On this day 27th November in 1975, Ross McWhirter co founder of the Guinness Book of Records was gunned down outside his home in North London. The IRA claimed responsibility for this in retaliation for McWhirter offering a £50,000 reward for the capture of multiple bombings across the UK.
For many of my generation, the McWhirter brothers were high profile TV characters. He and his brother presented the Record Breakers with Roy Castle on TV. The killing was a senseless almost unfathomable act to a 11 year old like myself. His murder was on the BBC and ITV evening news and made the headlines the following morning. The two killers were involved in an armed siege in Balcombe Street in London a week later.
The killing was discussed in the papers and the TV for a few days following. Those were the days before 24 hour global news. Before we knew what a social network was. When Twitter was the noise that birds make.
1975 had seen the death of General Franco in Spain and the restoration of a monarchy. 1975 saw the end of the Vietnam War, Bloody conflict in Cambodia, Iran and Iraq in conflict and of course a wave of bombings and attacks by the IRA on mainland Britain. The Birmingham Six were wrongfully convicted this year too. Forty years ago this year.
When you look at the amount of newsworthy items that occurred in that year, 2015 about stacks up against it. But the difference being now, is that every item in the news is reported on a loop over 24 hours for days following the story breaking. The world changed in 1980 when the CNN was launched. The worlds first 24 hour news channel. Up until then, we coped with news being delivered about three times a day. The thirst for news was probably as keen or more likely according to the news available for comment. Comment was made by face to face discussion not via electronic instant networks.
I am a regular user of social networks. I enjoy the humour, irreverence, instant comment available to anyone on any news item. The trouble is that not much of the items are actually news. They are reaction to a news item and sometimes reaction to a reaction. And some such as media troll and Daily Mail hag Katie Hopkins, create ‘news’ by being offensive in relation to a news event. The likes of Alistair Campbell, Tony Blair’s media attack dog controlled the news coming out of No 10 during Blair’s reign as PM. He fed news organisations stories and comment designed to strengthen the position of his boss. Modern political parties will often leak the details of a speech before the speech is made. It’s as if we are impatient, like kids who want to know what’s in their Christmas presents before opening them.
Someone at some point decided we needed to know this instantly. Someone decided the comment on a news story is more important than any content. Opinion was more valid than facts. Were we more gullible and ignorant forty years ago? Was there less news on the world and domestic front than nowadays? I don’t think so. I think there was less discussion about who said what. Maybe more effort went into establishing the facts and reporting them. Journalists only a couple of years prior to 1975 had uncovered a story which toppled a sitting US president. This was true investigative journalism.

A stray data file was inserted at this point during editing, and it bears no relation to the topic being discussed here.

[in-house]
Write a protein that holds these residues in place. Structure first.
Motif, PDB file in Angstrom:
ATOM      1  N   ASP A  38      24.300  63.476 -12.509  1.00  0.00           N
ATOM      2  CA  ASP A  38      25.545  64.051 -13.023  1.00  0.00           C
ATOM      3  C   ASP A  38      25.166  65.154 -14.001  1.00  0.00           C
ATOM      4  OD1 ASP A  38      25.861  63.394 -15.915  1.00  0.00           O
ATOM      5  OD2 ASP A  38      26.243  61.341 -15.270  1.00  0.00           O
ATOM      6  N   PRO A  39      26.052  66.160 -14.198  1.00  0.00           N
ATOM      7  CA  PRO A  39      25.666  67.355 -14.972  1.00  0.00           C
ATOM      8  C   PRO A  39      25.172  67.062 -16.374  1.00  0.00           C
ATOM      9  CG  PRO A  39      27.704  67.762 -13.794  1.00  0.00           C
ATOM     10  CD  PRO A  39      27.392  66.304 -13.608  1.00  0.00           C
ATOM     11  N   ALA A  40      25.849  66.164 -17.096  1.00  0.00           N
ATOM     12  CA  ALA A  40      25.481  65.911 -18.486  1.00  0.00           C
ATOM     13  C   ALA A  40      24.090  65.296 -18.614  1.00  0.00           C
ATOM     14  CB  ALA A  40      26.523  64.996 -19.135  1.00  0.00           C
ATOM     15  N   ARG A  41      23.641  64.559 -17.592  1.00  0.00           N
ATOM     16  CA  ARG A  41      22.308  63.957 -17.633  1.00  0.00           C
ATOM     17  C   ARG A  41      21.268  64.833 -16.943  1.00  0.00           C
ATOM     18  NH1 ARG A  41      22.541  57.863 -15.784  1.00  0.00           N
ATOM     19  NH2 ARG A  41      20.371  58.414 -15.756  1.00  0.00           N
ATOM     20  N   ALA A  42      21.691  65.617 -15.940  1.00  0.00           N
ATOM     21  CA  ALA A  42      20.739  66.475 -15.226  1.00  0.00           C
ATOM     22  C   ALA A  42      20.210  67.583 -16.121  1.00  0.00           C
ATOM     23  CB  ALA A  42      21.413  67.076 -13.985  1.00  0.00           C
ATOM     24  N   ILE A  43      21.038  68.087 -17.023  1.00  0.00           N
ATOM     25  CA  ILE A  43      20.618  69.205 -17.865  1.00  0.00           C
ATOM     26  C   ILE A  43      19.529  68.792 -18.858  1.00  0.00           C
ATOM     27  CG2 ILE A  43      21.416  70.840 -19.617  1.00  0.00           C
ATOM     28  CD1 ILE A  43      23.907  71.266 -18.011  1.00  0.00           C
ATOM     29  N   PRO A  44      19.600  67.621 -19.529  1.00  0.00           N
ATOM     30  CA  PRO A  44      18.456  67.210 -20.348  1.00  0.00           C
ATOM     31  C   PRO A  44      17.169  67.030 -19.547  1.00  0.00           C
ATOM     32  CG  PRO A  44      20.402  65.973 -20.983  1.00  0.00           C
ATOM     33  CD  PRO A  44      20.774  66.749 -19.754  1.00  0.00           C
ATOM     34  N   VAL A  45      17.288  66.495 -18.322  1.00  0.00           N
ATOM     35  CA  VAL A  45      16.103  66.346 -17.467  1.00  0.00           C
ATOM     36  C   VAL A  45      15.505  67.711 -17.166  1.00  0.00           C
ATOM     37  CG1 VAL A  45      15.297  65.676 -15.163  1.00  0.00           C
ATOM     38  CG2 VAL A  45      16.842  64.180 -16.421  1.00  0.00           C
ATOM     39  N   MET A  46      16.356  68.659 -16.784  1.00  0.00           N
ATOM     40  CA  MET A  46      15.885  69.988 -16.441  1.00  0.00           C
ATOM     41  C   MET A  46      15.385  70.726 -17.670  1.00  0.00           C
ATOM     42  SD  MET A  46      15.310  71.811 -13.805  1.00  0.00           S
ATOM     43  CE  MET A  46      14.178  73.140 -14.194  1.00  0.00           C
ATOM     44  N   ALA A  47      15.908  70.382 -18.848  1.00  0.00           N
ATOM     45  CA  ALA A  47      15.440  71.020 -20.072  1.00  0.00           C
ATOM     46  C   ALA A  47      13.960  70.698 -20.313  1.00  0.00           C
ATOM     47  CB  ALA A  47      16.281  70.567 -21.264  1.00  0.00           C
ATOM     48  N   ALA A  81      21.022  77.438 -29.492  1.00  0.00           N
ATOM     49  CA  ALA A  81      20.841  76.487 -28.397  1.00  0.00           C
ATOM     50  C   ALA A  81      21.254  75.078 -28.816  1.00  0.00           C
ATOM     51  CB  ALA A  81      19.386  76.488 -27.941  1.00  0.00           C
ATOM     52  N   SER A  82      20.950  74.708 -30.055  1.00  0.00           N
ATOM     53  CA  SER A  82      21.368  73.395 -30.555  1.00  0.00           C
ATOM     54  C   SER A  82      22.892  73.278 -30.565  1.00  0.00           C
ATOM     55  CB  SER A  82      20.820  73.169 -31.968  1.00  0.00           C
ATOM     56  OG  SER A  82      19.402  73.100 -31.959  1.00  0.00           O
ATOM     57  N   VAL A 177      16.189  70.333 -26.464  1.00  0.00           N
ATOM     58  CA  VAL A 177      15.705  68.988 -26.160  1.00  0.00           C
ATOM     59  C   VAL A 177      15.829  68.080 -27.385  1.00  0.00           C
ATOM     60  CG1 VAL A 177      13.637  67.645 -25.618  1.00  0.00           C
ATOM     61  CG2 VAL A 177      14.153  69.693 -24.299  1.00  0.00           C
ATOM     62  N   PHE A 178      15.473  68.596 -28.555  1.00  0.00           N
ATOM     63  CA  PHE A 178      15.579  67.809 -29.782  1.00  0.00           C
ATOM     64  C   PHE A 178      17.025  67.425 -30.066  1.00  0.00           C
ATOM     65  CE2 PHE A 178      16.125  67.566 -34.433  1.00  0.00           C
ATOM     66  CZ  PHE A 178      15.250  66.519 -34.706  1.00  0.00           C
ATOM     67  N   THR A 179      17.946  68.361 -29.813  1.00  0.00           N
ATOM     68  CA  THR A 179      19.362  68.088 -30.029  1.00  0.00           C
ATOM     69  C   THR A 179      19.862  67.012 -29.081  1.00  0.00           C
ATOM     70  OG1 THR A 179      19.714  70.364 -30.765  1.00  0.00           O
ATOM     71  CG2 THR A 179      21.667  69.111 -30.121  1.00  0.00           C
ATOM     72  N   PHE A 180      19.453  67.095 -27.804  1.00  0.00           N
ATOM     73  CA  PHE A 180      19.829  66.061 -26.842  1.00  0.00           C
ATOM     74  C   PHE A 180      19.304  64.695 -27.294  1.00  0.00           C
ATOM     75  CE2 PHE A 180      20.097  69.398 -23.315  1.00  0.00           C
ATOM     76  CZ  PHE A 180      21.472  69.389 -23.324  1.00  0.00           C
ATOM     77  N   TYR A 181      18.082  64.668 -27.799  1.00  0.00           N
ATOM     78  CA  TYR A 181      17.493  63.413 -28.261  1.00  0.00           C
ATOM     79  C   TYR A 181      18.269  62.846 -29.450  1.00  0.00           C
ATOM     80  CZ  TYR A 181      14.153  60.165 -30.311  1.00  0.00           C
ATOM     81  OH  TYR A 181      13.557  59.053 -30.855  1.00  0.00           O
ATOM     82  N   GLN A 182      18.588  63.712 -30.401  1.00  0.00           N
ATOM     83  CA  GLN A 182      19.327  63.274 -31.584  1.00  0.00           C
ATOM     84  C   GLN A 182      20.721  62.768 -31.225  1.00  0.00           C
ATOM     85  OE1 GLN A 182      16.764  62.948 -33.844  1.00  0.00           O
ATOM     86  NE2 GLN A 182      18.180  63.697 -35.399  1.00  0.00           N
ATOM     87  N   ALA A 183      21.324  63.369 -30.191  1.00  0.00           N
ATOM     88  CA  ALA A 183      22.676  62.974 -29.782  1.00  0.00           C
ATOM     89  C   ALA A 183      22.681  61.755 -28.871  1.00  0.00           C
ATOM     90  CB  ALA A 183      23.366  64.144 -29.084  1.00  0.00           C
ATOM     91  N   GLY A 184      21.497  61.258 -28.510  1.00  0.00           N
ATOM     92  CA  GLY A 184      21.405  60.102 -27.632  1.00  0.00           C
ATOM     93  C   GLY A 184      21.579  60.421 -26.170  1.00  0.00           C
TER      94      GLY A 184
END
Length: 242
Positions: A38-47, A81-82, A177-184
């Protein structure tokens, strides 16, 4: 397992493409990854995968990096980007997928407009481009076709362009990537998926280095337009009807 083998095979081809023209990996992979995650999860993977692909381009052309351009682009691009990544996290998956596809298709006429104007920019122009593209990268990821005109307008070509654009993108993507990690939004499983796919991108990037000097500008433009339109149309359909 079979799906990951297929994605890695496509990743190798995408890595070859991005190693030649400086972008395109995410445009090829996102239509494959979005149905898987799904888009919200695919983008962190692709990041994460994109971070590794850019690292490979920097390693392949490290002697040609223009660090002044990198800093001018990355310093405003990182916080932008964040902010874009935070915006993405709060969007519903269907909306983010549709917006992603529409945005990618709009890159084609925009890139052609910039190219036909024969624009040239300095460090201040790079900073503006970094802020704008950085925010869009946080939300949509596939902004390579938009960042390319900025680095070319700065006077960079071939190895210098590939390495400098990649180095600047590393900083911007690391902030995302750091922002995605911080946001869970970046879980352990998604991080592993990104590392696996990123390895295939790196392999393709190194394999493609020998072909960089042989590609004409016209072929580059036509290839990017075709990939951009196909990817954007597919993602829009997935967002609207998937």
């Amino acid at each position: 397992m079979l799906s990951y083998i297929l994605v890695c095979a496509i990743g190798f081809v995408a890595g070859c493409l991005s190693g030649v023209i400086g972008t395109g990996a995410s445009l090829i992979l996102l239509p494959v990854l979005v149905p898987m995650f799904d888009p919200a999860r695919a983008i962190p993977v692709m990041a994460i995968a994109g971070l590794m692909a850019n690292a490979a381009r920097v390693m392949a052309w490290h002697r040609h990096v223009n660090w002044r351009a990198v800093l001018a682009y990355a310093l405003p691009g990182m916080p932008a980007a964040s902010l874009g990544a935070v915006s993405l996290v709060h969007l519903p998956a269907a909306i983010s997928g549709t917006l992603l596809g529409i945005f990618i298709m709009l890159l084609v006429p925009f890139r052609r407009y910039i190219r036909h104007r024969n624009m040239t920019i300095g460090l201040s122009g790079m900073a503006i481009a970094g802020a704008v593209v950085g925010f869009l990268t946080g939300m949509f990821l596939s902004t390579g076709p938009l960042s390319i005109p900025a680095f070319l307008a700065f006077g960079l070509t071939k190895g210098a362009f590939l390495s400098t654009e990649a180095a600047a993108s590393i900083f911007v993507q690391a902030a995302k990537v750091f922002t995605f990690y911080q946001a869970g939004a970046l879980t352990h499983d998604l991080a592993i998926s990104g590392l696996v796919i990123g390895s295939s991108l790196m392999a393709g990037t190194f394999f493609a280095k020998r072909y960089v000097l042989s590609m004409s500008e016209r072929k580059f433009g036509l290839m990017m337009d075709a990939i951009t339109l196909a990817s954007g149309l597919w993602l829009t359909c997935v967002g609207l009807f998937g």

We cannot go back to a time where technology was not as advanced as now nor should we. We could eliminate the culture of 24 hour news. I don’t want to know at 3 am what Tom Watson the deputy leader of Labour said about Jeremy Corbyn to a friend over dinner. I’m not bothered that a Tory MP said contentious comments about Jeremy Corbyn’s views on war in Syria.
This is not news. Nothing has happened. The UK has not gone to war in Syria. They have not even discussed it in parliament. Yet hours of comment, hundreds of thousands of tweets have been exchanged and argued over the subject. Rolling news reports politicians gossiping as news. Meanwhile, people are being killed by terrorists in Africa and throughout the war torn Middle East.
I want less padding. I want less news comment because it does not move anyone further on. I want factual, impartial reporting of events. Don’t send reporters to stand in front of a school if you are doing a piece about education. We know what schools look like. Don’t show piles of money when the countries finances are discussed. Give me less news, less comment and more information. Let me comment but make that less important than the events unfolding.
Don’t complain about Al Qeeda, Daesh using the media to spread hysteria and social unrest and then repeat it every five minutes on 24 hour news channels.
I watched Anchorman 2 the other day. The main character, the hapless news anchorman Ron Burgundy scoffs at the establishment of a 24 hour news channel mentioning ‘it was without doubt the dumbest thing he’d ever heard’. I don’t agree with much that Ron says but he may well have a point.